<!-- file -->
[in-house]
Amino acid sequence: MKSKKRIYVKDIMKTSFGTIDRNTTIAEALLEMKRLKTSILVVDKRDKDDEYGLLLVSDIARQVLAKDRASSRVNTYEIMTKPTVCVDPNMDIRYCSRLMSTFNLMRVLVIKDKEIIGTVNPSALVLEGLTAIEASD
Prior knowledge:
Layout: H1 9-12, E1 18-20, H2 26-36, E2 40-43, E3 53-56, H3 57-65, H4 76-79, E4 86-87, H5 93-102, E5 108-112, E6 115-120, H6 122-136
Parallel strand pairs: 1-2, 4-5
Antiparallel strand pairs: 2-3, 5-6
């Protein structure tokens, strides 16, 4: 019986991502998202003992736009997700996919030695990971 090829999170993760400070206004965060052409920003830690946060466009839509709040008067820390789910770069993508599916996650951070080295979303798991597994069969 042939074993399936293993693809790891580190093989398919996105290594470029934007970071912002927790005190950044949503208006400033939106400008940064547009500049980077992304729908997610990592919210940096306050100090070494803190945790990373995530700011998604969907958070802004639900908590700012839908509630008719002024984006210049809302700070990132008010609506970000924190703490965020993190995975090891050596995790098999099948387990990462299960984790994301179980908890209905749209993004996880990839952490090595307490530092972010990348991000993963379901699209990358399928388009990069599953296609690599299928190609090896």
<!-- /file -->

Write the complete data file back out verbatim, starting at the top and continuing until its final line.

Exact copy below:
[in-house]
Amino acid sequence: MKSKKRIYVKDIMKTSFGTIDRNTTIAEALLEMKRLKTSILVVDKRDKDDEYGLLLVSDIARQVLAKDRASSRVNTYEIMTKPTVCVDPNMDIRYCSRLMSTFNLMRVLVIKDKEIIGTVNPSALVLEGLTAIEASD
Prior knowledge:
Layout: H1 9-12, E1 18-20, H2 26-36, E2 40-43, E3 53-56, H3 57-65, H4 76-79, E4 86-87, H5 93-102, E5 108-112, E6 115-120, H6 122-136
Parallel strand pairs: 1-2, 4-5
Antiparallel strand pairs: 2-3, 5-6
């Protein structure tokens, strides 16, 4: 019986991502998202003992736009997700996919030695990971 090829999170993760400070206004965060052409920003830690946060466009839509709040008067820390789910770069993508599916996650951070080295979303798991597994069969 042939074993399936293993693809790891580190093989398919996105290594470029934007970071912002927790005190950044949503208006400033939106400008940064547009500049980077992304729908997610990592919210940096306050100090070494803190945790990373995530700011998604969907958070802004639900908590700012839908509630008719002024984006210049809302700070990132008010609506970000924190703490965020993190995975090891050596995790098999099948387990990462299960984790994301179980908890209905749209993004996880990839952490090595307490530092972010990348991000993963379901699209990358399928388009990069599953296609690599299928190609090896």